Zell am See, Austria: Après Ski instead of Ski Pass

Après-ski (French: after skiing) refers to any form of entertainment, nightlife, or social event
that occurs specifically at ski resorts.

 Feeding of swans. Zell am See, Austria.

Feeding of swans. Zell am See, Austria.

I must admit that my wife and I are mediocre skiers, and in our winter travels, we always spend more time on après ski activities than with ski passes in the mountains. If, like us, you don’’t feel very comfortable fastened to a pair of thin strips of slippery plastic at an altitude of 2500 meters in mountains, it does not mean that ski resorts are not for you. You wouldn’’t believe how many people come to the Austrian Alps not for skiing, but for the comfortable and enthralling après ski.

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A Dreamboat of Photographers—Alcazar of Segovia

 

Alcazar of Segovia, Spain.

Alcazar of Segovia, Spain.

Alcazar of Segovia (alcazar means fortress or castle in Arabic) is a very talented and skillful photo model. It does not need your directions what pose to take, where to place the hands, how to hold its head, and in what direction to look. You raise your camera, and it immediately presents one of its numerous and always beautiful angles. This castle is able to deal with light, virtually attracting it to its side. Whether it is sunrise or sunset, cloudy or clear blue sky, Alcazar of Segovia always appears before you in the best light.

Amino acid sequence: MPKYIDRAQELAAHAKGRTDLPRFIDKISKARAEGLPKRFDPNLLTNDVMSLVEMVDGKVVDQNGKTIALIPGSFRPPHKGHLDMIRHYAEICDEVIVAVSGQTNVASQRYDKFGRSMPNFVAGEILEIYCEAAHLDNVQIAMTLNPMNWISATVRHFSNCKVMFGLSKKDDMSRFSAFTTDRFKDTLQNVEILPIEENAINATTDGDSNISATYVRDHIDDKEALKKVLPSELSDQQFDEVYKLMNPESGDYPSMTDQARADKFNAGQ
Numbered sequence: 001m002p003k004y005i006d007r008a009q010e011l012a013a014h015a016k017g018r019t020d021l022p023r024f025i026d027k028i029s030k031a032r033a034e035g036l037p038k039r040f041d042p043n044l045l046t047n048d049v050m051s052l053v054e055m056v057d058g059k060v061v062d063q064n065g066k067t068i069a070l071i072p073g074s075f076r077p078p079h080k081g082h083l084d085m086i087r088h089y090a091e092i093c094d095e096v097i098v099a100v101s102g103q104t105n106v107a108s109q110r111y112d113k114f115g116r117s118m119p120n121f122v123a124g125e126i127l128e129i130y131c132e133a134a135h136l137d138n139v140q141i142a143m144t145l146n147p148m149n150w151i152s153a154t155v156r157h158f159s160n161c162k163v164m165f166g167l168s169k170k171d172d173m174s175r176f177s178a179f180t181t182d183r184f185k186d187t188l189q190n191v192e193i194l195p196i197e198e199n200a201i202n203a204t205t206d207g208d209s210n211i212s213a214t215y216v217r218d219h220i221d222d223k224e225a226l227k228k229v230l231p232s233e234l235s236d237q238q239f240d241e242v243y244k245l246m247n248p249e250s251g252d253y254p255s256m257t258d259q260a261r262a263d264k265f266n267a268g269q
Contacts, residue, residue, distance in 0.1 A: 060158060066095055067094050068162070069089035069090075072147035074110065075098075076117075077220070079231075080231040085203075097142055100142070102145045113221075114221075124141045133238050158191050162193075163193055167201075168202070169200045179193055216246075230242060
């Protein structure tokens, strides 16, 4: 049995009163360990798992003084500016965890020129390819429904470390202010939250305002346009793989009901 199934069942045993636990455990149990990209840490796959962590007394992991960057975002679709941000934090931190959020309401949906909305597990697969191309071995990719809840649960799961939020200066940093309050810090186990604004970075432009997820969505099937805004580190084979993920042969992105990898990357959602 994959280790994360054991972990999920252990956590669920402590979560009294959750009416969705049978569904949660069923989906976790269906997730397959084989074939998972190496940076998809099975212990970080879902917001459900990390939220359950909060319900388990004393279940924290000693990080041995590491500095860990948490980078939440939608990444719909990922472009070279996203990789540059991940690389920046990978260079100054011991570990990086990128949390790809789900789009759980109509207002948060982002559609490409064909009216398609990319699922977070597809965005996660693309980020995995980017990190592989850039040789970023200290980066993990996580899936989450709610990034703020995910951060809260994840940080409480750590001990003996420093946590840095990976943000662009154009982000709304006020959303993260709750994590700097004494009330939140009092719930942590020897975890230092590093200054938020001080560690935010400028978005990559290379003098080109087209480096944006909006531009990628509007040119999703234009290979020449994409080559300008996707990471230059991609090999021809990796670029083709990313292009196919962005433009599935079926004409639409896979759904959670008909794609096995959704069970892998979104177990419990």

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Adventures of Fitness Alcoholics in One of the Baltic Capitals

Cruise ship in the port of Tallinn, one of the Baltic capitals.

Cruise ship in the port of Tallinn, Estonia.

Scene one: Early spring. Carcassonne, France.

A couple of alcoholics wanted to find a cognac in the supermarkets of the city of Carcassonne. They were nearly dead after a whole day of storming the ruins of the Cathar castle, Peyrepertuse, in the mountains of Pyrinees. Cold and tired, they needed medicinal help—a good French cognac. The first supermarket. There was no cognac. The second—also none. “Darling, are you sure we are in France, the only country where cognac is produced?”

The third supermarket. There were a couple of kinds of cognac, but they were cheap and unknown. The alcoholics bought one and tried it. Bad idea. The cognac was awful. How is it possible not to find a good cognac in France?!

Scene two: Autumn. Tallinn, Estonia.

The same two alcoholics (my wife and I) wanted to buy some fruit and cheese in Tallinn’s supermarket. Supermarkets in Estonia are almost the same as in France, but with one big difference—they have dozens of kinds of cognac on their shelves. In that moment, these travel bloggers/alcoholics recalled how they searched unsuccessfully for a cognac in Carcassonne, France. It seems as if France exports all its cognac.
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